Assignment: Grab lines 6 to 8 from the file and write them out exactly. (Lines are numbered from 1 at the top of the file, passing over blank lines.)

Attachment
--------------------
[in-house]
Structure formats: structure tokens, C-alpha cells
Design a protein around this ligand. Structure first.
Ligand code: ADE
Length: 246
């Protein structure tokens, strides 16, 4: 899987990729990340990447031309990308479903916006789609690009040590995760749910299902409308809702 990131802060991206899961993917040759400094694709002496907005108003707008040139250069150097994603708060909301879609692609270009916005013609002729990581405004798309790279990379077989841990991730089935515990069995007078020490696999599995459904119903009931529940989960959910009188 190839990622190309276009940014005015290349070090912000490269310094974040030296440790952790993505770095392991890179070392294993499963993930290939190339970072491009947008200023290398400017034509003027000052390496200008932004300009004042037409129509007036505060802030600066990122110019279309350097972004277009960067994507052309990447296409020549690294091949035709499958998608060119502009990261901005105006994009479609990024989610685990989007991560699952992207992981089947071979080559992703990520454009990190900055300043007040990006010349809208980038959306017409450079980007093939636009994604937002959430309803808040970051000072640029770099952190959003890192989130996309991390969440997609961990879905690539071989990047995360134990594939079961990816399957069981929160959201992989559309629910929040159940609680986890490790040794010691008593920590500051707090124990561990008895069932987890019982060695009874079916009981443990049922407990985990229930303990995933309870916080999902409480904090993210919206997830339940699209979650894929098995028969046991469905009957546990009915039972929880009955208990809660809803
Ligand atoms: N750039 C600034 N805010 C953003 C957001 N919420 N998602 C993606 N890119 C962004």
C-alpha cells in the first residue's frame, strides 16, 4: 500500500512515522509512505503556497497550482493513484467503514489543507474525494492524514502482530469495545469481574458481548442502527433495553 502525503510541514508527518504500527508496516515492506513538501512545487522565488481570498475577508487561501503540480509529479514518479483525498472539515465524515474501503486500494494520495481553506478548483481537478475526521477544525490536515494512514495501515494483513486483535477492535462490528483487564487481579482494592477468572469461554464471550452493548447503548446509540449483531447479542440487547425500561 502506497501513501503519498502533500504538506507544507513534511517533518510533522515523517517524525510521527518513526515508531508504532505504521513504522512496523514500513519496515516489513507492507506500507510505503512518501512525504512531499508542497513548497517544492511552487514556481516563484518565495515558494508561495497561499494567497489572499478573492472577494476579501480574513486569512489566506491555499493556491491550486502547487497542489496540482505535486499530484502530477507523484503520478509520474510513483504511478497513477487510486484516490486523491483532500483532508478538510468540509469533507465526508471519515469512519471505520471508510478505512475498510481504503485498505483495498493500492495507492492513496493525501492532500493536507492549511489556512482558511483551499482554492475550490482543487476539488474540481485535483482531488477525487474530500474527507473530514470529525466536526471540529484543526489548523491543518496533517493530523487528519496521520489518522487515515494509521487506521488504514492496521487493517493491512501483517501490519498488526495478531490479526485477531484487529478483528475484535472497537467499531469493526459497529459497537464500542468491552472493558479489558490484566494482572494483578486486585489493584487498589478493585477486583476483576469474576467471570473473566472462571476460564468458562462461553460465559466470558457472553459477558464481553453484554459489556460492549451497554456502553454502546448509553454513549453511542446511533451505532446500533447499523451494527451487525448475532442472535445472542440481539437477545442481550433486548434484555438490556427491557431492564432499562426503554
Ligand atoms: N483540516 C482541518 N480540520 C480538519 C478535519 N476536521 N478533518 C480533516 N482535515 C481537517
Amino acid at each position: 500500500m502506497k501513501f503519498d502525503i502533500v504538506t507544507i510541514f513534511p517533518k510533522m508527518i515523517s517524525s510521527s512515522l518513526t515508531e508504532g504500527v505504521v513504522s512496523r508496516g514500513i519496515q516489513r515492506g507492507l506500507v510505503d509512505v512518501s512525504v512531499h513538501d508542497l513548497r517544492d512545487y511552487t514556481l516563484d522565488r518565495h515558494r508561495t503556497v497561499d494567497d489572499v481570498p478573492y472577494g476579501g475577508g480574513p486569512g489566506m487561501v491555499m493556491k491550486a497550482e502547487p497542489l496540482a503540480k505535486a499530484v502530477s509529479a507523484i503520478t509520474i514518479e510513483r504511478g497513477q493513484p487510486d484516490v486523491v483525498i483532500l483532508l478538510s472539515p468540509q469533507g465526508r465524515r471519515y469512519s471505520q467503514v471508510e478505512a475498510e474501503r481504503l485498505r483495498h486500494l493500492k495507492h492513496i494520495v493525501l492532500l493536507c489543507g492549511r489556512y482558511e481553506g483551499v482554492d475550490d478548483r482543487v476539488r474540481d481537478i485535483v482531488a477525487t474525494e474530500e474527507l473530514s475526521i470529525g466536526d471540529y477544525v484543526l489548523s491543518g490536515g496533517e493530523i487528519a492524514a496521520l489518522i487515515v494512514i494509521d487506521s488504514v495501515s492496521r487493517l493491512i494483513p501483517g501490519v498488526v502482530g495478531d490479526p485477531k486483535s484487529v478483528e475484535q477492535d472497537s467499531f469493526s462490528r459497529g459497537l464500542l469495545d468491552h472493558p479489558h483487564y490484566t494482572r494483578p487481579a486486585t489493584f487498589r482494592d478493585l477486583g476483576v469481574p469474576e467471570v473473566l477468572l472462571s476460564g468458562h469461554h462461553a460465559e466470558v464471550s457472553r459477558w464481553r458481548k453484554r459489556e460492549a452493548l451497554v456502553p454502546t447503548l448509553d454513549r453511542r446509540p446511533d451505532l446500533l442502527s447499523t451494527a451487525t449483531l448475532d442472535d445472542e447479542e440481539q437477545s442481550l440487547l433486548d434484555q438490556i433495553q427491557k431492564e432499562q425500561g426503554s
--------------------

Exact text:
């Protein structure tokens, strides 16, 4: 899987990729990340990447031309990308479903916006789609690009040590995760749910299902409308809702 990131802060991206899961993917040759400094694709002496907005108003707008040139250069150097994603708060909301879609692609270009916005013609002729990581405004798309790279990379077989841990991730089935515990069995007078020490696999599995459904119903009931529940989960959910009188 190839990622190309276009940014005015290349070090912000490269310094974040030296440790952790993505770095392991890179070392294993499963993930290939190339970072491009947008200023290398400017034509003027000052390496200008932004300009004042037409129509007036505060802030600066990122110019279309350097972004277009960067994507052309990447296409020549690294091949035709499958998608060119502009990261901005105006994009479609990024989610685990989007991560699952992207992981089947071979080559992703990520454009990190900055300043007040990006010349809208980038959306017409450079980007093939636009994604937002959430309803808040970051000072640029770099952190959003890192989130996309991390969440997609961990879905690539071989990047995360134990594939079961990816399957069981929160959201992989559309629910929040159940609680986890490790040794010691008593920590500051707090124990561990008895069932987890019982060695009874079916009981443990049922407990985990229930303990995933309870916080999902409480904090993210919206997830339940699209979650894929098995028969046991469905009957546990009915039972929880009955208990809660809803
Ligand atoms: N750039 C600034 N805010 C953003 C957001 N919420 N998602 C993606 N890119 C962004």
C-alpha cells in the first residue's frame, strides 16, 4: 500500500512515522509512505503556497497550482493513484467503514489543507474525494492524514502482530469495545469481574458481548442502527433495553 502525503510541514508527518504500527508496516515492506513538501512545487522565488481570498475577508487561501503540480509529479514518479483525498472539515465524515474501503486500494494520495481553506478548483481537478475526521477544525490536515494512514495501515494483513486483535477492535462490528483487564487481579482494592477468572469461554464471550452493548447503548446509540449483531447479542440487547425500561 502506497501513501503519498502533500504538506507544507513534511517533518510533522515523517517524525510521527518513526515508531508504532505504521513504522512496523514500513519496515516489513507492507506500507510505503512518501512525504512531499508542497513548497517544492511552487514556481516563484518565495515558494508561495497561499494567497489572499478573492472577494476579501480574513486569512489566506491555499493556491491550486502547487497542489496540482505535486499530484502530477507523484503520478509520474510513483504511478497513477487510486484516490486523491483532500483532508478538510468540509469533507465526508471519515469512519471505520471508510478505512475498510481504503485498505483495498493500492495507492492513496493525501492532500493536507492549511489556512482558511483551499482554492475550490482543487476539488474540481485535483482531488477525487474530500474527507473530514470529525466536526471540529484543526489548523491543518496533517493530523487528519496521520489518522487515515494509521487506521488504514492496521487493517493491512501483517501490519498488526495478531490479526485477531484487529478483528475484535472497537467499531469493526459497529459497537464500542468491552472493558479489558490484566494482572494483578486486585489493584487498589478493585477486583476483576469474576467471570473473566472462571476460564468458562462461553460465559466470558457472553459477558464481553453484554459489556460492549451497554456502553454502546448509553454513549453511542446511533451505532446500533447499523451494527451487525448475532442472535445472542440481539437477545442481550433486548434484555438490556427491557431492564432499562426503554